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Eat Greek

The Mediterranean diet, with its abundance of vegetables, whole grains, fish, fruit, olive oil and wine, has blessed people in the south of Greece with some of the lowest rates of heart disease and longest life expectancies in the world. But does it work anywhere else? The latest research indicates that it does. One 2002 study published in the British medical journal The Lancet showed that a Mediterranean-style diet helped prevent heart disease in high-risk Indians. In the same year, researchers at Monash University in Australia found that Greek immigrants in Melbourne who ate a traditional Greek diet—defined in the study as lots of leafy green vegetables, figs and olive oil—were less likely to die of heart disease. They also had high antioxidant levels, which help prevent cancer.
—Carla Ranicki

Yogurt & Health

Yogurt plays a key role in making the traditional Greek diet one of the healthiest in the world. Yogurt contains 50 percent more protein and calcium than low-fat milk; it's also rich in B vitamins and zinc. Greek yogurt is thick and creamy, even in low-fat and fat-free versions sold in the U.S. under brand names like Total. According to researchers at Tufts University, active yogurt cultures have significant health benefits: They boost the immune system and may reduce the risk of some cancers. They also make yogurt easier for lactose intolerant people to digest than most dairy products.
—C.R.

Travel Details MT. PELION, GREECE

Getting There
Travelers looking to tour hilltop villages, taste homemade phyllo pies and stay in old mansions converted into lovely hotels should head to the untrodden region of Mt. Pelion. Its capital, Volos, a port town at the foot of the mountain, is a winding four-hour drive from Athens. The most comfortable and scenic way to reach Volos, however, is by train; rent a car once you're there. Since most places don't have addresses—or even phones—ask a local for directions.

Where to Stay
Archontiko Michopoulou A renovated 300-year-old château, this hotel overlooks olive groves, which extend almost to the sea (doubles from $80; Vyzitsa; 011-30-24230-86860).

Despotiko A beautifully restored 19th-century mansion with stables (doubles from $75; Portaria; 011-30-24280-99046).

Where to Eat
Kostas Set on Malaki beach near Kato Gatzea, Kostas is the perfect place for tsipouro-meze—grilled or fried shrimp, calamari and other seafood from the Pagasitikos Gulf.

Tou Papa This tavern in Pinakates offers pites—phyllo pies stuffed with cheese and wild greens or other seasonal vegetables. On Sundays, Tou Papa serves kokoretsi, charcoal-grilled baby lamb's liver flavored with oregano.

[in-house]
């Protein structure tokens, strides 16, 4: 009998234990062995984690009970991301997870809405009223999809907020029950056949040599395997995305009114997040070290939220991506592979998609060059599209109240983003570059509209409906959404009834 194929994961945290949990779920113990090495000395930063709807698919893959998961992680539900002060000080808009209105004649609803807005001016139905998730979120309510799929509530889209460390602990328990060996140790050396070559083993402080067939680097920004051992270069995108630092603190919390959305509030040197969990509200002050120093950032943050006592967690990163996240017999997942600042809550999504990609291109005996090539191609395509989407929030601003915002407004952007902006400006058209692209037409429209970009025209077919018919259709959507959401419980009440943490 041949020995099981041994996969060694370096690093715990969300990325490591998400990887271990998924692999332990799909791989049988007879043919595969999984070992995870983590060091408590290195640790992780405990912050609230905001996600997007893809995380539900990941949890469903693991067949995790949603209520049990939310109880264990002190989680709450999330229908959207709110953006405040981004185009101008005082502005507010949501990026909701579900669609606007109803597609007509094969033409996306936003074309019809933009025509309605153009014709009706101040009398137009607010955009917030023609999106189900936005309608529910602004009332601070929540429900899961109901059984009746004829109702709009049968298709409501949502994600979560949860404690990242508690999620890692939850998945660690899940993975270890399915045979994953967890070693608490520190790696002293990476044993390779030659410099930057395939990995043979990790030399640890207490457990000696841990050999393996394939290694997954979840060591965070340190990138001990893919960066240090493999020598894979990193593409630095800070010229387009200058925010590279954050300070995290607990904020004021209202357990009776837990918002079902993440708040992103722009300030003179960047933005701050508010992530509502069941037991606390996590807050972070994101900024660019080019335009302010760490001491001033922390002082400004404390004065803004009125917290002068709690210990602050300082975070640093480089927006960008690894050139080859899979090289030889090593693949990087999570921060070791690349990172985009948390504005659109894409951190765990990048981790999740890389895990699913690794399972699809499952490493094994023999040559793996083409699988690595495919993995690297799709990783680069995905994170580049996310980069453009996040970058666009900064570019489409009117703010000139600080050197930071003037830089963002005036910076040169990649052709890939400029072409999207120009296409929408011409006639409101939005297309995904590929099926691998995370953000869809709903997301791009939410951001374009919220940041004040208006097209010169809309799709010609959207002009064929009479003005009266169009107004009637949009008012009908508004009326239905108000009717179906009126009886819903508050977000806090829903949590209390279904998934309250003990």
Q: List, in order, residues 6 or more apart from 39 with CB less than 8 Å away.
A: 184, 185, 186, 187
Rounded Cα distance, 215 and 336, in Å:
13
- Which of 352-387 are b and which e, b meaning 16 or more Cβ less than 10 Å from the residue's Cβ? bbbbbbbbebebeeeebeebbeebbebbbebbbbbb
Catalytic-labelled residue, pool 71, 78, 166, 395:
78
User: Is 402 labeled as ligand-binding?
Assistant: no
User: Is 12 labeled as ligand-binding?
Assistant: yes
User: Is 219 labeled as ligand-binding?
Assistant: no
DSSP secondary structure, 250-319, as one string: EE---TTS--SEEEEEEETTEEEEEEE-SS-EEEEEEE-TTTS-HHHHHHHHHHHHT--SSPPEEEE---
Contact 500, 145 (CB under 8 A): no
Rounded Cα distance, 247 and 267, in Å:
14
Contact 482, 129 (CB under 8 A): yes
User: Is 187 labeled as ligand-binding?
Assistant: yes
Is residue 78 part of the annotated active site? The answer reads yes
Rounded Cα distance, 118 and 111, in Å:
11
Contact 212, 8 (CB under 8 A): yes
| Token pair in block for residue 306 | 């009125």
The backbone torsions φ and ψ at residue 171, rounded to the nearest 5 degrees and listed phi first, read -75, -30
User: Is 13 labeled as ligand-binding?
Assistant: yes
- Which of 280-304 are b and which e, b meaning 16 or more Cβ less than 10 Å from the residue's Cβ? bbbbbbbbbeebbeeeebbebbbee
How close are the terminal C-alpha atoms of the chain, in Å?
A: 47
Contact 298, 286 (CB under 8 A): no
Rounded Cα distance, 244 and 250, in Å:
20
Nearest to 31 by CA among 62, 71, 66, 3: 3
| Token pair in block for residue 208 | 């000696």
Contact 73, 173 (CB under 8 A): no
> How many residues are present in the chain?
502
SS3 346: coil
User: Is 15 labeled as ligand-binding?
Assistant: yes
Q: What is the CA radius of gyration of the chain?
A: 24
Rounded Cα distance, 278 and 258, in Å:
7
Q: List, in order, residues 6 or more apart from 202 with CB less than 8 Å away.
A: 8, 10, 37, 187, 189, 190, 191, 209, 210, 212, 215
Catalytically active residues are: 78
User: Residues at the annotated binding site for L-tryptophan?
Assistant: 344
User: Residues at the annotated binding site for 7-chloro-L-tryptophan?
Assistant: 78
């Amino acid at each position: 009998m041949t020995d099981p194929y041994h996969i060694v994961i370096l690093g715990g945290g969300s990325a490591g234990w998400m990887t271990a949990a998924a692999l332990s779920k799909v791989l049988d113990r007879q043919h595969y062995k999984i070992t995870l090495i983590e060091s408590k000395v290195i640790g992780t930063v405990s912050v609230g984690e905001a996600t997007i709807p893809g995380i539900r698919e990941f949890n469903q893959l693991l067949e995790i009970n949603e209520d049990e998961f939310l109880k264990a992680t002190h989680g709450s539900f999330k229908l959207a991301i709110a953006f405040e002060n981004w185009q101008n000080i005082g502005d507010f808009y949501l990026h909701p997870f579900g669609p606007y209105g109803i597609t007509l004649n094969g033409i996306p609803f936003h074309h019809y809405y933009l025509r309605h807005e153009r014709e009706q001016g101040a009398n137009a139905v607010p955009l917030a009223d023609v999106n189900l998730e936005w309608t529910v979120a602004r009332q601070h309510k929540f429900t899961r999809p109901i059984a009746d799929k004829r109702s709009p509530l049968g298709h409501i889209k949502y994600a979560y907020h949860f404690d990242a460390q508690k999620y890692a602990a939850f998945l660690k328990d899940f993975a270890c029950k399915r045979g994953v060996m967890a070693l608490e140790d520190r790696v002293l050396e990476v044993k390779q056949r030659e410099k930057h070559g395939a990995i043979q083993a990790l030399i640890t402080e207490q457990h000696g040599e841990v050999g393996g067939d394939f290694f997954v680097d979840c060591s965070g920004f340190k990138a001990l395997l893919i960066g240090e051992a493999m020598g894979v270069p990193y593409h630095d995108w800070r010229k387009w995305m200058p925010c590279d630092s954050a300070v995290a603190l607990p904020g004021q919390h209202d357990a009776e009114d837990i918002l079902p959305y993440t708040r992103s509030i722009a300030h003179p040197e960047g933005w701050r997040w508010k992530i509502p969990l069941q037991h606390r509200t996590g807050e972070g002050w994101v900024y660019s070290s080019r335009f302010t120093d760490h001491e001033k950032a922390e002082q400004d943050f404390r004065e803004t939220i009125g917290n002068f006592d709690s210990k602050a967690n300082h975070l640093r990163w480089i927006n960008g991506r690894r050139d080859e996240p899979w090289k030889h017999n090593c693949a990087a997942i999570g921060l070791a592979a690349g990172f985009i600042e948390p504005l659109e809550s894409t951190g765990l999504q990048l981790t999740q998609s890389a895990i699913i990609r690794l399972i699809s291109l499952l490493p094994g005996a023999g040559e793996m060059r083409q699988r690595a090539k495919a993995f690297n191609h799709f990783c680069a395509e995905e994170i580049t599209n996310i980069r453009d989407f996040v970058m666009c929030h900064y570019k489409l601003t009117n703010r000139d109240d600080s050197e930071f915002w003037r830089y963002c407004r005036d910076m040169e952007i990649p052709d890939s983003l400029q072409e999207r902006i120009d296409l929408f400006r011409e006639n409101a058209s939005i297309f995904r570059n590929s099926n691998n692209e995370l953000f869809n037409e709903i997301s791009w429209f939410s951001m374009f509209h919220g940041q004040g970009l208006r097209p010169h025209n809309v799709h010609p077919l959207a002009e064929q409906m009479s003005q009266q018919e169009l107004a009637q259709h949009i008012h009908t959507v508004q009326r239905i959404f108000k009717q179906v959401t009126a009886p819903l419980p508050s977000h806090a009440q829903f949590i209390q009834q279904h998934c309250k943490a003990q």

What to See
Museums The Archeological Museum in Volos displays exhibits of the Neolithic settlements at Thessaly. In Anakasia, the Theofilos Museum features murals by the eponymous folk painter.

Church Agia Marini, in Kissos, has wood carvings and folk frescos.

Perched villages Makrinitsa, Pinakates, Promiri, Pouri and Trikeri offer views of the Aegean.

What to Bring Home
These regional products are sold at roadside stands and shops throughout Mt. Pelion.

Fruit preserves Vatomoura (wild berries) and firiki (a small, local, oblong apple) make wonderful toppings for yogurt.

Pickled wild pistachio shoots Called tsitsiravla, they can be eaten as a snack or added to salads, pasta and omelets.

Olives and dried herbs Look for plump, black Mt. Pelion olives, lime blossoms and oregano.
—Aglaia Kremezi

The Greek Pantry

F&W tasted 30 different Greek foods to find these favorite brands.

Divina specializes in estate-grown olives, like the juicy, earthy, black Mt. Pelions from the western slopes of their namesake mountain. The dolmas—Sultana grape leaves stuffed with long-grain rice flavored with lemon, dill and mint—are exceptional (FoodMatch; 800-350-3411).

Morea makes a peppery, fruity extra-virgin olive oil from Koroneiko olives hand-picked in the south of Greece. Its olives include green Halkidikis, purplish black Kalamatas and rare blond Hondroelias (World Pantry; 866-972-6879 or worldpantry.com).

Mt. Vikos offers baked gigandes—giant white beans slow-cooked with tomatoes and roasted red peppers. The company also sells fabulous cheeses: luscious, creamy manouri and kefalotiri, a hard cheese with a caramel-like flavor (Salumeria Italiana; 800-400-5916 or salumeriaitaliana.com).
—C.R.

Published May 2004
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